Neuromuscular factors influencing the maximum stretch limit of the human plantar flexors

  • Blazevich A
  • Cannavan D
  • Waugh C
 et al. 
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Abstract

Maximum joint range of motion is an important parameter influencing functional performance and musculoskeletal injury risk. Nonetheless, a complete description of the muscle architectural and tendon changes that occur during stretch and the factors influencing maximum range of motion is lacking. We measured muscle-tendon elongation and fascicle lengthening and rotation sonographically during maximal plantar flexor stretches in 21 healthy men. Electromyogram (EMG) recordings were obtained synchronously with ultrasound and joint moment data, and H-reflex measurements were made with the ankle at neutral (0°) and dorsiflexed (50% maximal passive joint moment) positions; the maximum H amplitude (normalized to maximum M-wave amplitude; M(max)) and H-amplitude elicited at a stimulation intensity that evoked 10% M(max) were obtained. Maximal stretch was accomplished through significant muscle (14.9%; 30 mm) and tendon lengthening (8.4%; 22 mm). There were similar relative changes in fascicle length and angle, but planimetric modeling indicated that the contribution of fascicle rotation to muscle lengthening was small (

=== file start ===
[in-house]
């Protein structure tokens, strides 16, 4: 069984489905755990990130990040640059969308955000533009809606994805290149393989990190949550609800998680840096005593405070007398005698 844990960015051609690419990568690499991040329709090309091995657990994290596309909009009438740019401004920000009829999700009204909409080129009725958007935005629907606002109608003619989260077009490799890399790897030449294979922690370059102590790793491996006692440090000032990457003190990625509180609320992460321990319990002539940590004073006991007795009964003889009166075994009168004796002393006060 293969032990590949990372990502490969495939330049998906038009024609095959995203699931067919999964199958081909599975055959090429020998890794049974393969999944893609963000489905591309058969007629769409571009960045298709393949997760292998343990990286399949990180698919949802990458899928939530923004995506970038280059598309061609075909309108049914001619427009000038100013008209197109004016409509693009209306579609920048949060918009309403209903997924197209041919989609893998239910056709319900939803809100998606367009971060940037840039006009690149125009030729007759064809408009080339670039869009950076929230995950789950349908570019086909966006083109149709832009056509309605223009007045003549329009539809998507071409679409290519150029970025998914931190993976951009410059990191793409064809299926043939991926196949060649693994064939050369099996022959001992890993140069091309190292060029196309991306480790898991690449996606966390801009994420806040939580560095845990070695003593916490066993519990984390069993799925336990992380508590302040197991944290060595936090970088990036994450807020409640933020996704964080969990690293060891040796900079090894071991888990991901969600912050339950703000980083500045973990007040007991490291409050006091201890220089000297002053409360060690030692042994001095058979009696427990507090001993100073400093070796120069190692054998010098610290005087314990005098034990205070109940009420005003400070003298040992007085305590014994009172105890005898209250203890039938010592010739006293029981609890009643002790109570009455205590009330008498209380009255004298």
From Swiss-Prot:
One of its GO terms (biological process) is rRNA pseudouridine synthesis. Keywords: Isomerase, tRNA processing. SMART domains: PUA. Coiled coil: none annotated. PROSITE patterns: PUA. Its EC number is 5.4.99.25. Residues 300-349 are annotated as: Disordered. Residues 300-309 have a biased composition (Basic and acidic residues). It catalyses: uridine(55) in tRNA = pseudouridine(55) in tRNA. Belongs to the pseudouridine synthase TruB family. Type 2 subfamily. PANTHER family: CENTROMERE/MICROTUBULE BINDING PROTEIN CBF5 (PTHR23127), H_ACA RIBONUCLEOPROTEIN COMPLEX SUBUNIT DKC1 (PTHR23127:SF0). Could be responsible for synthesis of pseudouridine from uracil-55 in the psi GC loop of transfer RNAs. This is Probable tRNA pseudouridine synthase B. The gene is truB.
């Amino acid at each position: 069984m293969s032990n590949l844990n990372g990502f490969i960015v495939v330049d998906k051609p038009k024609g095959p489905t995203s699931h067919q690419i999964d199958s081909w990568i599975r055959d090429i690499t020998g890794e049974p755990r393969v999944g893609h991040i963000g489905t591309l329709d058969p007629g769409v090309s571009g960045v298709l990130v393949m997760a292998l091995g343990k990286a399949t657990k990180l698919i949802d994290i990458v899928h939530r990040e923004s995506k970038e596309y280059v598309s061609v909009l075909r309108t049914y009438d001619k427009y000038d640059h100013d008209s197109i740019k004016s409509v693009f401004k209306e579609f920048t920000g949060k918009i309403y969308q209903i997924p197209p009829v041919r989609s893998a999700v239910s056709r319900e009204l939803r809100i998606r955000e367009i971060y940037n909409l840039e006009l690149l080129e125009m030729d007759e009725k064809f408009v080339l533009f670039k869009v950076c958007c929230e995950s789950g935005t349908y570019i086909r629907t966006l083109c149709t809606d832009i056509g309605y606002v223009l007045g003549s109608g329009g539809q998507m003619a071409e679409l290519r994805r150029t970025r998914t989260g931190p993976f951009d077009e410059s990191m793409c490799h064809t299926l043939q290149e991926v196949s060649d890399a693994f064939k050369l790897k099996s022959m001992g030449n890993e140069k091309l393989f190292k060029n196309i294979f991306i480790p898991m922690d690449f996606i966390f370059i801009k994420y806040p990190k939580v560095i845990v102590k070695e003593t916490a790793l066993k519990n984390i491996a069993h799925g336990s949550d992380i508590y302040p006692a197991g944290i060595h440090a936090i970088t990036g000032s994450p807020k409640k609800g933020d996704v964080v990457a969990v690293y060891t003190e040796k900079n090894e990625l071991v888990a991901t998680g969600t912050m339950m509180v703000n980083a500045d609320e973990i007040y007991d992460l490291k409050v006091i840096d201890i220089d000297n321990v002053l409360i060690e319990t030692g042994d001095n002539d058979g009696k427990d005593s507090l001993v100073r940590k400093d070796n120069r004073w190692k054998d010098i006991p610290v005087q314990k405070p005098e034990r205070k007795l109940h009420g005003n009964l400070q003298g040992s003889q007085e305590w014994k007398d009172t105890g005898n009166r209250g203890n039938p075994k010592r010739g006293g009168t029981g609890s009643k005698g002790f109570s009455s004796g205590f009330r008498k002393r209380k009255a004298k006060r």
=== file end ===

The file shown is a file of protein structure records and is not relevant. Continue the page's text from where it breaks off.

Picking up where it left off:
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Authors

  • A. J. Blazevich

  • D. Cannavan

  • C. M. Waugh

  • F. Fath

  • S. C. Miller

  • A. D. Kay

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